New Orleans. There’s no place in the world like that. Did I tell you about the young man on the motorcycle? While I was traveling, he took to me; I don’t know why. He would come up to me on his motorcycle. This went on for miles and miles and miles. Then all of a sudden he waved to me that he was going to leave. I was far enough behind, and I don’t know why, but I watched him. He went on the highway and was killed. I couldn’t drive. I had to pull over, and I cried like a baby. I went into a business. They took care of me. They let me go into the back room and I just boo-hooed. You don’t just see a death in front of you and have it not affect you. You wonder why. Why are you there? You happened to be the one to see it. You wonder all your life, and I still do. He had been playing with me for miles. I was so shaken up. In fact, when they came to investigate, I was so shook up that I couldn’t move. They came and asked if anybody had witnessed it. I told them I didn’t want to talk about it. But I had to. He ran right out into the highway and got hit by a car. And I was seeing it and watching it. I thought I would never quit shaking. I get the shivers every time I think about it.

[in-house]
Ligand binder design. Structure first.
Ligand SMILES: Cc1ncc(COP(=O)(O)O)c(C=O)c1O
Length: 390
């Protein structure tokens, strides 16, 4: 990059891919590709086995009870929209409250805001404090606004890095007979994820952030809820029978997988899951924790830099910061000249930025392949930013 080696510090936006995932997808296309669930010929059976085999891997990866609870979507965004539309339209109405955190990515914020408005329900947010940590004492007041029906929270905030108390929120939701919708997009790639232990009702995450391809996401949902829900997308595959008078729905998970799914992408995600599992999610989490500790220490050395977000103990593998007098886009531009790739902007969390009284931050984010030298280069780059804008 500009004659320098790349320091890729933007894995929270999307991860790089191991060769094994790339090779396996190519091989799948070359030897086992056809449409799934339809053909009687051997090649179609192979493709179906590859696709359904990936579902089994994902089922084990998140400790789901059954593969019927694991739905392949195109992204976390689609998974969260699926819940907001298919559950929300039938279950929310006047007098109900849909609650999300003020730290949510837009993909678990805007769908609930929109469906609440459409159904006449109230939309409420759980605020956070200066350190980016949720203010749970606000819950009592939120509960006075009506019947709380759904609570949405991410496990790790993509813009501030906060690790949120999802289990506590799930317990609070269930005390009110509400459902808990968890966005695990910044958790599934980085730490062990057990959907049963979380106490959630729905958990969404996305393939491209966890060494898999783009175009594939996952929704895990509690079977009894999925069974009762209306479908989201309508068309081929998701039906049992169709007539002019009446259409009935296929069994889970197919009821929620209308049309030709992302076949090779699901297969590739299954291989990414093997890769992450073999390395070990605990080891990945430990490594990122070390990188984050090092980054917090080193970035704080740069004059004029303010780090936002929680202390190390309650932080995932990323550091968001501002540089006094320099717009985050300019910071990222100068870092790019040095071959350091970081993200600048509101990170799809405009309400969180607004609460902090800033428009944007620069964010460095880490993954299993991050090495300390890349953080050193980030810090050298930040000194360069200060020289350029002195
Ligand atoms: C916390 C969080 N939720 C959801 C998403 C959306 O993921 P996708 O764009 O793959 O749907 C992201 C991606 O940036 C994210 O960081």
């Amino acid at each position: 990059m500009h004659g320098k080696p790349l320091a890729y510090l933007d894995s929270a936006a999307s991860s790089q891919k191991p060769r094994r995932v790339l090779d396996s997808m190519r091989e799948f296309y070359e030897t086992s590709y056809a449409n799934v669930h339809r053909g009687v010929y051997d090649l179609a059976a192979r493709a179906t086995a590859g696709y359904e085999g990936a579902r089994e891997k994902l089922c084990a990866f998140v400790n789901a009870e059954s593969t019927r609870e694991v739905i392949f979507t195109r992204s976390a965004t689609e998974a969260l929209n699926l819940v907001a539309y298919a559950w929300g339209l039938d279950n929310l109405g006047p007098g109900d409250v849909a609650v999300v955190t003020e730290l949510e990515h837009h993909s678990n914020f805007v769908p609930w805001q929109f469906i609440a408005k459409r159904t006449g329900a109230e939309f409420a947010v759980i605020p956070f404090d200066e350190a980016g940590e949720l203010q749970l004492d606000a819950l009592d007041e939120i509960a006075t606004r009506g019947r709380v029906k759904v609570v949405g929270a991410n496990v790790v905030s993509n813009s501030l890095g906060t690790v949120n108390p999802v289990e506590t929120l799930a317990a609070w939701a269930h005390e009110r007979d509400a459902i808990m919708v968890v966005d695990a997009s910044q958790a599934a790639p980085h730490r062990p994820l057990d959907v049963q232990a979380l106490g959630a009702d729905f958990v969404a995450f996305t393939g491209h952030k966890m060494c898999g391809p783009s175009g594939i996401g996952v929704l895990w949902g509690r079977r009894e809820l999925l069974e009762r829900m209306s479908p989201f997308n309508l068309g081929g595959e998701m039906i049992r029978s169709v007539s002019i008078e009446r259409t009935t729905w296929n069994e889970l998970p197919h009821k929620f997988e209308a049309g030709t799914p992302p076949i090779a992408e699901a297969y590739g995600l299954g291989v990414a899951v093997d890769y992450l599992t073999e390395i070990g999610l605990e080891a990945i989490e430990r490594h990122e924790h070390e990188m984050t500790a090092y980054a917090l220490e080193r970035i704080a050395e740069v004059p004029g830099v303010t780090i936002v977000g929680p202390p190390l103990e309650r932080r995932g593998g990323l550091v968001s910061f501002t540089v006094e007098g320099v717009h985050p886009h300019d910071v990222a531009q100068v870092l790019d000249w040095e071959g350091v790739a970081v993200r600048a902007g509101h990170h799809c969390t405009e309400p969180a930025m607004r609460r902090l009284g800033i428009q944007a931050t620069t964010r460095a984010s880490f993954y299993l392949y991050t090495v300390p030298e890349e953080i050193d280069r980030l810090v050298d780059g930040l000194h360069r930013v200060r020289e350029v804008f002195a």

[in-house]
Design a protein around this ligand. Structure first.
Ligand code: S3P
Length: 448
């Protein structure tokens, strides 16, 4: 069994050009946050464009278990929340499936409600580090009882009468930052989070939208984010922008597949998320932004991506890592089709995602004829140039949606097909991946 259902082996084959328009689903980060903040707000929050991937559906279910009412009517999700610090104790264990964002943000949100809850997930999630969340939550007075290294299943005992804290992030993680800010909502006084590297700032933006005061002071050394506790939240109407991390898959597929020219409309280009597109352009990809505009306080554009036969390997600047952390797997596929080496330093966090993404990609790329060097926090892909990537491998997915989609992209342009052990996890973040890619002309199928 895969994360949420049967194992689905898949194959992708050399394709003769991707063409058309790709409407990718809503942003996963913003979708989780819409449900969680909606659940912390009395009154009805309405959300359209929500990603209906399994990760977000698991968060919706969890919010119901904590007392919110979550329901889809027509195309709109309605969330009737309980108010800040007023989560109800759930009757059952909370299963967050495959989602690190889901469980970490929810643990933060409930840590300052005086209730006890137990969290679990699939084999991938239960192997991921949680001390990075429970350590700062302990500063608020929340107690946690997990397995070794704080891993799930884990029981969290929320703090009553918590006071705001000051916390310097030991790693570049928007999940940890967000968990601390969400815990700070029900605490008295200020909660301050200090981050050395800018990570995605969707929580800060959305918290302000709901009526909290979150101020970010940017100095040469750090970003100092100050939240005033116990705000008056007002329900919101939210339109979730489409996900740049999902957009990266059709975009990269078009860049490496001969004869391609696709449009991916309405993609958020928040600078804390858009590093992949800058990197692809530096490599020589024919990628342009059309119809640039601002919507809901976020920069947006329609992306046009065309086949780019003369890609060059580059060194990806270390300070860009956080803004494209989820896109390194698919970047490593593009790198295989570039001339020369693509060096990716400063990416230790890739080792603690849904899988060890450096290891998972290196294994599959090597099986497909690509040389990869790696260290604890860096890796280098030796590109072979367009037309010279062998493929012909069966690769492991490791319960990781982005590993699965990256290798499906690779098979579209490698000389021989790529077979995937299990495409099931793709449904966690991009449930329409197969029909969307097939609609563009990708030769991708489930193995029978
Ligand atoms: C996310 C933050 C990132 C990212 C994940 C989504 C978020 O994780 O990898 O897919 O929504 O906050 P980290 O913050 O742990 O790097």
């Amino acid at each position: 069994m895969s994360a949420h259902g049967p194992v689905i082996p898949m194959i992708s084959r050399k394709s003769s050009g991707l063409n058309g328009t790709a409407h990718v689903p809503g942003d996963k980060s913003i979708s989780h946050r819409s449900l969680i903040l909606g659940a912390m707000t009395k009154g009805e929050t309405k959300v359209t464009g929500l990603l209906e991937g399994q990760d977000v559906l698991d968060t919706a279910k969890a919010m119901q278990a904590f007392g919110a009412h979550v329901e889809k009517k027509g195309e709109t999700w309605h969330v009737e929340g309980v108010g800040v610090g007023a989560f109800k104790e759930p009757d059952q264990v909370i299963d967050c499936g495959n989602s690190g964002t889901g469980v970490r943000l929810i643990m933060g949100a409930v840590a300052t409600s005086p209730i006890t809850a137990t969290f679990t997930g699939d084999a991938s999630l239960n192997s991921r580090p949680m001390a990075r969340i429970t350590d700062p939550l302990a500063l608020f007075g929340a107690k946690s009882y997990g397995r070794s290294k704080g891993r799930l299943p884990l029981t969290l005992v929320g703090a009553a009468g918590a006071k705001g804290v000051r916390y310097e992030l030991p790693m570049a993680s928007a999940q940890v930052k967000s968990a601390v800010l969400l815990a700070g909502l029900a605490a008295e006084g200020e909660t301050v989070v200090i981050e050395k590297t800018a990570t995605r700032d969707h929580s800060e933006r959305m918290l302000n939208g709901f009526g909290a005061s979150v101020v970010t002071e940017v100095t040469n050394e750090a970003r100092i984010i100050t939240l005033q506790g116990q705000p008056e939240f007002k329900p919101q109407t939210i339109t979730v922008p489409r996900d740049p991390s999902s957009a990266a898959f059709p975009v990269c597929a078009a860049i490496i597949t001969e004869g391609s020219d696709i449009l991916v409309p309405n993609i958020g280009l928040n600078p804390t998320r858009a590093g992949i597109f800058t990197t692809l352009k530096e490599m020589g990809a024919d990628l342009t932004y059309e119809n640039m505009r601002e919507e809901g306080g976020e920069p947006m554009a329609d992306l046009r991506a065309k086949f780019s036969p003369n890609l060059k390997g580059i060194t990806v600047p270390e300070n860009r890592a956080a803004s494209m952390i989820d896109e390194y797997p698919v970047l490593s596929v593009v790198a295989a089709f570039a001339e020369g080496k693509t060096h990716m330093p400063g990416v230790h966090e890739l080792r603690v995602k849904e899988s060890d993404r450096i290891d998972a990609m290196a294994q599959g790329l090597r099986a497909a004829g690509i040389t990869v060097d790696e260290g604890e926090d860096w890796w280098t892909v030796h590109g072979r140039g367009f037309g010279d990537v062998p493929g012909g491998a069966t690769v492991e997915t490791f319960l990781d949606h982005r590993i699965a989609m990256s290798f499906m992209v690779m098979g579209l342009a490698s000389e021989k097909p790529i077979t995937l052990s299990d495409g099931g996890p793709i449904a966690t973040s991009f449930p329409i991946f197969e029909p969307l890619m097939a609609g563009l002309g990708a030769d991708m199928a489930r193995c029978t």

I didn’t start it, but I inherited it. I was in charge of the Festival of Lights. It was my baby. It’s one of the largest festivals in the nation. It was a gradual thing, but when it took off, it took off like a rocket. You can’t even get near Natchitoches when the festival is on, because of the traffic. I understand there have been a lot of changes since I left. I would love to go back. Natchitoches is really a neat little town.
Some of my kids lived here; I came here after I lost my husband.
My son, Dub, Jr. and his wife Wilma live here. My son Mike and his wife Kathy live in New Orleans. Melanie and her husband Barry live here. Angie and her husband Jimmy live in New Orleans. And I’ve got grandchildren running out of my ears!
I saw a lot of water go under the bridge, and it was good water!